Many Australians are confused how much alcohol is safe to drink

05 Feb 2014
Many Australians are confused how much alcohol is safe to drink

Many Australians have no idea they're having too many alcoholic drinks as far as their health is concerned, a study reveals.

A survey of 2700 adult South Australians shows a "concerning'' number of both men and women don't know how much alcohol a day it is safe to consume.

This has prompted worries at the Cancer Council, which says the ethanol in alcohol is a carcinogen linked to common cancers, such as breast and bowel cancer.

National Health and Medical Research Council guidelines state both men and women should drink no more than two standard drinks a day. The amount was reined back in 2009, when it was four drinks for men and two for women.

The research, conducted in partnership with the Cancer Council SA, SA Health and Medical Research Institute, University of Adelaide and Flinders University.

It showed only a fifth (20.3 per cent) of people knew men should consume no more than two drinks a day, while half (53.5 per cent) were aware the standard was the same for women.

While the guidelines changed five years ago, the rest either had no idea about the current guidelines and a further 40 per cent of respondents said they believed men could drink more than two drinks a day, despite them being in place since 2009, or believed men and women could safely drink more than recommended.

The study also showed 21.6 per cent of adults drank more than two standard drinks daily. Men did so more than women. Head study author Jacqueline Bowden, of the Cancer Council SA, said the findings were concerning.

"The message (that the guidelines have changed) hasn't got out there to men," she said.

"The study is showing still a lot of men and women think that men can drink four standard drinks a day. That's quite concerning that people out there think they can drink more than they should be."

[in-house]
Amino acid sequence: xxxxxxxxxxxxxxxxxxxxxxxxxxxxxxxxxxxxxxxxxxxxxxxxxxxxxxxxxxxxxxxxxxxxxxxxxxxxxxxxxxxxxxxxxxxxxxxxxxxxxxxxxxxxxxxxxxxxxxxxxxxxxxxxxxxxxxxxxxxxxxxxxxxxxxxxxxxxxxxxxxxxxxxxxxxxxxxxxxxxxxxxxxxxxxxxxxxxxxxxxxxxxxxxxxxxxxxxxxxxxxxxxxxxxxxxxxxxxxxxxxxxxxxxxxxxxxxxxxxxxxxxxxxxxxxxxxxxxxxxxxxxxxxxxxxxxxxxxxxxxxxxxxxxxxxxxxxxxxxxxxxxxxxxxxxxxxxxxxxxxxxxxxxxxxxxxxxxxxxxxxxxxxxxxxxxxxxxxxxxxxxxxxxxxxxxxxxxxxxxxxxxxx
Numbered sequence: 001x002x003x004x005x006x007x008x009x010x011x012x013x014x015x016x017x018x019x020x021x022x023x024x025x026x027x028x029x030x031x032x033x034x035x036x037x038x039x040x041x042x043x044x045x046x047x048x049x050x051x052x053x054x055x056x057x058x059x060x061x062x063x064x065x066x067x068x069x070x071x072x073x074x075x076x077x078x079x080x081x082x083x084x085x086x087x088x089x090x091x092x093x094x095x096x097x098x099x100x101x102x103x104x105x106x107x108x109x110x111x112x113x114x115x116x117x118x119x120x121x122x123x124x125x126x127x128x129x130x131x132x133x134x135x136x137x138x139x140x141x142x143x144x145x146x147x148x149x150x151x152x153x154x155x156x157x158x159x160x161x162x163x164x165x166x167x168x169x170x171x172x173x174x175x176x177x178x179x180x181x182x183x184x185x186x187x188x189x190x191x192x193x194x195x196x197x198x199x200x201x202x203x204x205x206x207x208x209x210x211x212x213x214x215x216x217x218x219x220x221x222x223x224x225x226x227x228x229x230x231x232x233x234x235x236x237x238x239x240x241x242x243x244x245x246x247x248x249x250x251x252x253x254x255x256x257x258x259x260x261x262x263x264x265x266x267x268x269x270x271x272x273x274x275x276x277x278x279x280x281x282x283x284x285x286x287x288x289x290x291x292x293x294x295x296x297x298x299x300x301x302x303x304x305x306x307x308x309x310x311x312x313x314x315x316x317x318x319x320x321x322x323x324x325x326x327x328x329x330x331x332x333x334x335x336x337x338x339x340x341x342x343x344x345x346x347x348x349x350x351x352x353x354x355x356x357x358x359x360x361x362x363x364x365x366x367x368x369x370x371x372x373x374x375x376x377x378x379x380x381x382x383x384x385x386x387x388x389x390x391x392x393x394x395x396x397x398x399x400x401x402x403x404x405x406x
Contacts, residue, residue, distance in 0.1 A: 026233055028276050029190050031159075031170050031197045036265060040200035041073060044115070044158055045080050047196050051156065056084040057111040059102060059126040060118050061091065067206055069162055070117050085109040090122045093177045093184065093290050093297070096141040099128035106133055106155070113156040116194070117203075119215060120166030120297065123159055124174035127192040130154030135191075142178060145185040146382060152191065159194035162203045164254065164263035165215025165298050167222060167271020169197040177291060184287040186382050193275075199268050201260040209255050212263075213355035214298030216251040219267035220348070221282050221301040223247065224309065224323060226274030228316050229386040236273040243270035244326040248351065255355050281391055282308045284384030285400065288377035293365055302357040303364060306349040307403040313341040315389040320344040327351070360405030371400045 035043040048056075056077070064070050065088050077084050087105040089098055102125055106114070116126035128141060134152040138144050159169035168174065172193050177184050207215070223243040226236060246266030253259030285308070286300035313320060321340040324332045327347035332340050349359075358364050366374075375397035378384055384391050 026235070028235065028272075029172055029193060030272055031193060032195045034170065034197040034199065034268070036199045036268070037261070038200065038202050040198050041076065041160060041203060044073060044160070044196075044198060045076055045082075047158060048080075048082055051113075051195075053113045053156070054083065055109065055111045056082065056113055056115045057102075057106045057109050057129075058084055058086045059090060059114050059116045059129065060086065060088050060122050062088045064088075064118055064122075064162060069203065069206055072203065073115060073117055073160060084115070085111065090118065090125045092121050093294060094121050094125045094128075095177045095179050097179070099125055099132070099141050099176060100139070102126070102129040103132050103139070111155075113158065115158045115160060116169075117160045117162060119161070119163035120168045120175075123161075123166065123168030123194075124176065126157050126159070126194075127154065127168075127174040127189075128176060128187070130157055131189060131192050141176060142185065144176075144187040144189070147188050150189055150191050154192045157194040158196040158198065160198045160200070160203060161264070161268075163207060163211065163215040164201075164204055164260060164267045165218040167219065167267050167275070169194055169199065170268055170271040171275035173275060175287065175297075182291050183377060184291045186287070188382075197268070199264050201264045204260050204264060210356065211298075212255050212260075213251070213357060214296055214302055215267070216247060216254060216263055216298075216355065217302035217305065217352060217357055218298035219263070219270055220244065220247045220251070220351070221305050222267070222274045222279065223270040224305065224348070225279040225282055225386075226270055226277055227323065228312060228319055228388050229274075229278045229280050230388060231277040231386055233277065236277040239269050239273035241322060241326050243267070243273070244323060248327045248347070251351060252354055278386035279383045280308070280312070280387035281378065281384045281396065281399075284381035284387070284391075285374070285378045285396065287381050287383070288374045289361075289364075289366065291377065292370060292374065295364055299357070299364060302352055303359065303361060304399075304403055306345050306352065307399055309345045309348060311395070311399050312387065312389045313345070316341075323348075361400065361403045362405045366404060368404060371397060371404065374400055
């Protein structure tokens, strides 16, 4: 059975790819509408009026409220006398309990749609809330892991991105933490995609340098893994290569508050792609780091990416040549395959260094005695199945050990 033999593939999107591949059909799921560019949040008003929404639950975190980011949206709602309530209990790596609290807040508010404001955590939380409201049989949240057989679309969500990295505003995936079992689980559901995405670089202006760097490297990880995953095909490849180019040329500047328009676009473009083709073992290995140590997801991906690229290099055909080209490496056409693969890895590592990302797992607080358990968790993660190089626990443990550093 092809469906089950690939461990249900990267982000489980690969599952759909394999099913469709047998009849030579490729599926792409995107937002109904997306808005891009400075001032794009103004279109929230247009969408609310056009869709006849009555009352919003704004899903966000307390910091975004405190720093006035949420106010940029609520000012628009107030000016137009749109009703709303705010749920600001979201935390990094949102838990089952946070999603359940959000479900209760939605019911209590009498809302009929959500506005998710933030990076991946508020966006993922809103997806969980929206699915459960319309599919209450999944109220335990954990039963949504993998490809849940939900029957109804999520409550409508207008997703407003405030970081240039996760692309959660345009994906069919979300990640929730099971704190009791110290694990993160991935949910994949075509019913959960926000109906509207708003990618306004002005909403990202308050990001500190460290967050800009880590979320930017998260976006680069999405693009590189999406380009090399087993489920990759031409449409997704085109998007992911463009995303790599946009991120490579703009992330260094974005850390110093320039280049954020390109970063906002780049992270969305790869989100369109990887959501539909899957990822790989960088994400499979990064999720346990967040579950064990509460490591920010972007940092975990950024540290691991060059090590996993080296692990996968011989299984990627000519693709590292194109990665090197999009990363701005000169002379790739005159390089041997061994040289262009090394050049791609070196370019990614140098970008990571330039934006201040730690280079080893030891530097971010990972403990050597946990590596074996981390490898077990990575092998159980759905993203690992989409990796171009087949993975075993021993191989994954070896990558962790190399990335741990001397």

"They're not aware of the link between alcohol and cancer and therefore drinking more than they should be drinking, which is putting them at increased risk of alcohol-related harm, including cancer." Ms Bowden said ethanol had been considered a carcinogen since 1988.

"Cancer is one of the most feared diseases in our community ... it's about raising awareness (which) is going to provide more impetus for people to think about their consumption," she said.

Co-author Dr Caroline Miller, of SAHMRI, agreed.

"More people are telling us that pollution is a bigger risk factor for cancer than alcohol, even though alcohol is a class-one carcinogen," she said. "Only about one in three people are actually saying they recognised alcohol is a risk factor for cancer."

The study, published today in the  Australian and New Zealand Journal of Public Health, was also conducted by the Centre for Alcohol Policy Research in Victoria and the University of Melbourne.

Read the article in The Advertiser.

Listen to Dr Caroline Miller being interviewed on ABC Melbourne yesterday on this issue.